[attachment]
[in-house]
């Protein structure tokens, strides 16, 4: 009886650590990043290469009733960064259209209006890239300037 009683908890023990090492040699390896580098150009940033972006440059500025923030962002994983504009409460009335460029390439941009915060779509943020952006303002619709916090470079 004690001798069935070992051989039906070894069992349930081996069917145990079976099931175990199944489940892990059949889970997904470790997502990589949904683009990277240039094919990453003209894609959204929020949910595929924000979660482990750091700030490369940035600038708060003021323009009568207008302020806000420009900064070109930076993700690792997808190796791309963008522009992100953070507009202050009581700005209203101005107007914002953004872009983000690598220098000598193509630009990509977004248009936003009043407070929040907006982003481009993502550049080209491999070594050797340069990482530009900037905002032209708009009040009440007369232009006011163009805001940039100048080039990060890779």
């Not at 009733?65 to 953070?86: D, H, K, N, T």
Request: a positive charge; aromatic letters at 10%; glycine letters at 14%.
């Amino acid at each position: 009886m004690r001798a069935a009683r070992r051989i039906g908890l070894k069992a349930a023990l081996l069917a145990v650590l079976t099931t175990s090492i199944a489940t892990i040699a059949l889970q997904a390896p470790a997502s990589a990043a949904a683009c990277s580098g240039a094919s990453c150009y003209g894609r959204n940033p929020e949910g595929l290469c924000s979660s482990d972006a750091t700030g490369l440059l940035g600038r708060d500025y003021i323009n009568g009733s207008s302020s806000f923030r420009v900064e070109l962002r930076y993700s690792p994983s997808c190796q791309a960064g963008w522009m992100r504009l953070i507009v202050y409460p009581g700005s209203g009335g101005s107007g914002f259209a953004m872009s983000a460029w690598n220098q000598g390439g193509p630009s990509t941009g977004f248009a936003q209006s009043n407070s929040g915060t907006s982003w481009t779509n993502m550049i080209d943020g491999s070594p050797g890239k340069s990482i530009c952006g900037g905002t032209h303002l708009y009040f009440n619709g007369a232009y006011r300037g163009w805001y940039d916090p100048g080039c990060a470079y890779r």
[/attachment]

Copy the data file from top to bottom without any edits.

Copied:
[in-house]
């Protein structure tokens, strides 16, 4: 009886650590990043290469009733960064259209209006890239300037 009683908890023990090492040699390896580098150009940033972006440059500025923030962002994983504009409460009335460029390439941009915060779509943020952006303002619709916090470079 004690001798069935070992051989039906070894069992349930081996069917145990079976099931175990199944489940892990059949889970997904470790997502990589949904683009990277240039094919990453003209894609959204929020949910595929924000979660482990750091700030490369940035600038708060003021323009009568207008302020806000420009900064070109930076993700690792997808190796791309963008522009992100953070507009202050009581700005209203101005107007914002953004872009983000690598220098000598193509630009990509977004248009936003009043407070929040907006982003481009993502550049080209491999070594050797340069990482530009900037905002032209708009009040009440007369232009006011163009805001940039100048080039990060890779």
């Not at 009733?65 to 953070?86: D, H, K, N, T």
Request: a positive charge; aromatic letters at 10%; glycine letters at 14%.
């Amino acid at each position: 009886m004690r001798a069935a009683r070992r051989i039906g908890l070894k069992a349930a023990l081996l069917a145990v650590l079976t099931t175990s090492i199944a489940t892990i040699a059949l889970q997904a390896p470790a997502s990589a990043a949904a683009c990277s580098g240039a094919s990453c150009y003209g894609r959204n940033p929020e949910g595929l290469c924000s979660s482990d972006a750091t700030g490369l440059l940035g600038r708060d500025y003021i323009n009568g009733s207008s302020s806000f923030r420009v900064e070109l962002r930076y993700s690792p994983s997808c190796q791309a960064g963008w522009m992100r504009l953070i507009v202050y409460p009581g700005s209203g009335g101005s107007g914002f259209a953004m872009s983000a460029w690598n220098q000598g390439g193509p630009s990509t941009g977004f248009a936003q209006s009043n407070s929040g915060t907006s982003w481009t779509n993502m550049i080209d943020g491999s070594p050797g890239k340069s990482i530009c952006g900037g905002t032209h303002l708009y009040f009440n619709g007369a232009y006011r300037g163009w805001y940039d916090p100048g080039c990060a470079y890779r």